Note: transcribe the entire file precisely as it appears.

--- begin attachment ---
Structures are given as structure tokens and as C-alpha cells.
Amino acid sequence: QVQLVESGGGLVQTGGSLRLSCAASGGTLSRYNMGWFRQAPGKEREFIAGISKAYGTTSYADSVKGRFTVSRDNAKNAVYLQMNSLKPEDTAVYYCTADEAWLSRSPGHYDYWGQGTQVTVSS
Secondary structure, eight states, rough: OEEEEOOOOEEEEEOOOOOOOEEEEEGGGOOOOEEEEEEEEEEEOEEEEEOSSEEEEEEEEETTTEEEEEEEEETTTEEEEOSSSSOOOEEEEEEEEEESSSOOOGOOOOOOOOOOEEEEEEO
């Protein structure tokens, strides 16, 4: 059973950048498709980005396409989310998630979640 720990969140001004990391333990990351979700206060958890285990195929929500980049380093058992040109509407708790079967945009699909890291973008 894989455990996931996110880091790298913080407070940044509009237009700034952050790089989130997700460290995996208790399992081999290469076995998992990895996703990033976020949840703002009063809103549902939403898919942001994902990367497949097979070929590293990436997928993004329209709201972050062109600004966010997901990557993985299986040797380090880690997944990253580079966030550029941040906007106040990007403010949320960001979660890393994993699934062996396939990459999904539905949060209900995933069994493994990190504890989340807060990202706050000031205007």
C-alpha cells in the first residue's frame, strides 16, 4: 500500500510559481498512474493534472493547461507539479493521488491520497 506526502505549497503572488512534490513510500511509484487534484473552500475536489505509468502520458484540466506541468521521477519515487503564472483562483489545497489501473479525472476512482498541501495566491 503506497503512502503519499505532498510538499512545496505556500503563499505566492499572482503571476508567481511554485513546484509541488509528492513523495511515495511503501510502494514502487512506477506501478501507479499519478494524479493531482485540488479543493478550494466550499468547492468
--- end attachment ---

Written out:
Structures are given as structure tokens and as C-alpha cells.
Amino acid sequence: QVQLVESGGGLVQTGGSLRLSCAASGGTLSRYNMGWFRQAPGKEREFIAGISKAYGTTSYADSVKGRFTVSRDNAKNAVYLQMNSLKPEDTAVYYCTADEAWLSRSPGHYDYWGQGTQVTVSS
Secondary structure, eight states, rough: OEEEEOOOOEEEEEOOOOOOOEEEEEGGGOOOOEEEEEEEEEEEOEEEEEOSSEEEEEEEEETTTEEEEEEEEETTTEEEEOSSSSOOOEEEEEEEEEESSSOOOGOOOOOOOOOOEEEEEEO
């Protein structure tokens, strides 16, 4: 059973950048498709980005396409989310998630979640 720990969140001004990391333990990351979700206060958890285990195929929500980049380093058992040109509407708790079967945009699909890291973008 894989455990996931996110880091790298913080407070940044509009237009700034952050790089989130997700460290995996208790399992081999290469076995998992990895996703990033976020949840703002009063809103549902939403898919942001994902990367497949097979070929590293990436997928993004329209709201972050062109600004966010997901990557993985299986040797380090880690997944990253580079966030550029941040906007106040990007403010949320960001979660890393994993699934062996396939990459999904539905949060209900995933069994493994990190504890989340807060990202706050000031205007």
C-alpha cells in the first residue's frame, strides 16, 4: 500500500510559481498512474493534472493547461507539479493521488491520497 506526502505549497503572488512534490513510500511509484487534484473552500475536489505509468502520458484540466506541468521521477519515487503564472483562483489545497489501473479525472476512482498541501495566491 503506497503512502503519499505532498510538499512545496505556500503563499505566492499572482503571476508567481511554485513546484509541488509528492513523495511515495511503501510502494514502487512506477506501478501507479499519478494524479493531482485540488479543493478550494466550499468547492468